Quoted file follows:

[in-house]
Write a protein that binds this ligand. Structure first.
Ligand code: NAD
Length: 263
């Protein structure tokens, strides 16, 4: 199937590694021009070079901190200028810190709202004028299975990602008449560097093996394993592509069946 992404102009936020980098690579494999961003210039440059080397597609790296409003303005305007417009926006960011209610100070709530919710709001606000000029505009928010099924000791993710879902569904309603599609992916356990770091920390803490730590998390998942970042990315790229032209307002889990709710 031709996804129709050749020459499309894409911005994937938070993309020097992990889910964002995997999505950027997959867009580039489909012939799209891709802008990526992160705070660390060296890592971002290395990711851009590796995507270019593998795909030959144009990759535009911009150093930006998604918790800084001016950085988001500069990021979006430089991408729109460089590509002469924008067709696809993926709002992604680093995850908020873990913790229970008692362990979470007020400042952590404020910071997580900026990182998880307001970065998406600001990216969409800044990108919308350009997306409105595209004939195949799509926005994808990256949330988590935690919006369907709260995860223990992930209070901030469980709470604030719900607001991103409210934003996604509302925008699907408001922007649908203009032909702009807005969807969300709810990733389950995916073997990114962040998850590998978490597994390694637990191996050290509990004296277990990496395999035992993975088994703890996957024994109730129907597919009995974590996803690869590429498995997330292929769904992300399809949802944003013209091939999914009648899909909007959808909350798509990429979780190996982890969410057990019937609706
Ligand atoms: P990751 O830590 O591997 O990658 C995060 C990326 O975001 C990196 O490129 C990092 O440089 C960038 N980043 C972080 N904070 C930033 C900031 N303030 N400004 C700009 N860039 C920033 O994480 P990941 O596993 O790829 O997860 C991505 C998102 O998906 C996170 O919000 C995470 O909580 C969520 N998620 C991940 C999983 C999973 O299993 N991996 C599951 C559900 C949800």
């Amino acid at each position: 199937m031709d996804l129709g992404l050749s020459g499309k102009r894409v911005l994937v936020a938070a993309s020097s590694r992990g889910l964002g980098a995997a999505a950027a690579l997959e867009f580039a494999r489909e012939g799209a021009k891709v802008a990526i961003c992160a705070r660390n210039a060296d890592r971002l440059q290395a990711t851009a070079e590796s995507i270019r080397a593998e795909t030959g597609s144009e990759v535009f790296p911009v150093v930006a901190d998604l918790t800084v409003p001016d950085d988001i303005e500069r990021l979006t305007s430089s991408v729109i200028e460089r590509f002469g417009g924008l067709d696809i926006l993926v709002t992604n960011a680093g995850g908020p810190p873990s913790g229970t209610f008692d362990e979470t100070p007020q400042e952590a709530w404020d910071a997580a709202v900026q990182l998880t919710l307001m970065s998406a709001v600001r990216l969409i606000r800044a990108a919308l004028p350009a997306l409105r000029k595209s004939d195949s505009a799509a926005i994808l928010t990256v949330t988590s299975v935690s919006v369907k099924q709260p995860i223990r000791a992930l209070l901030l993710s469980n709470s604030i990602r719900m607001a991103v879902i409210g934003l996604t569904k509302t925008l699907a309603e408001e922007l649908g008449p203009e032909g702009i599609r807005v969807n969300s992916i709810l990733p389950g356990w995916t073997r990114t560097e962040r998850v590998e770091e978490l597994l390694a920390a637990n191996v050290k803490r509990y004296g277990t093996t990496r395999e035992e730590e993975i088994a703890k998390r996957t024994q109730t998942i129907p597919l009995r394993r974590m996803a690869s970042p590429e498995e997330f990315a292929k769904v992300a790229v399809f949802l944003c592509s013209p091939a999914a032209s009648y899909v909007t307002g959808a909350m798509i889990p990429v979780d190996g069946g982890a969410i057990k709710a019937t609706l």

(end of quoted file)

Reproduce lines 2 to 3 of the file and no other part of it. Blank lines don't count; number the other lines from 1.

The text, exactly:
Write a protein that binds this ligand. Structure first.
Ligand code: NAD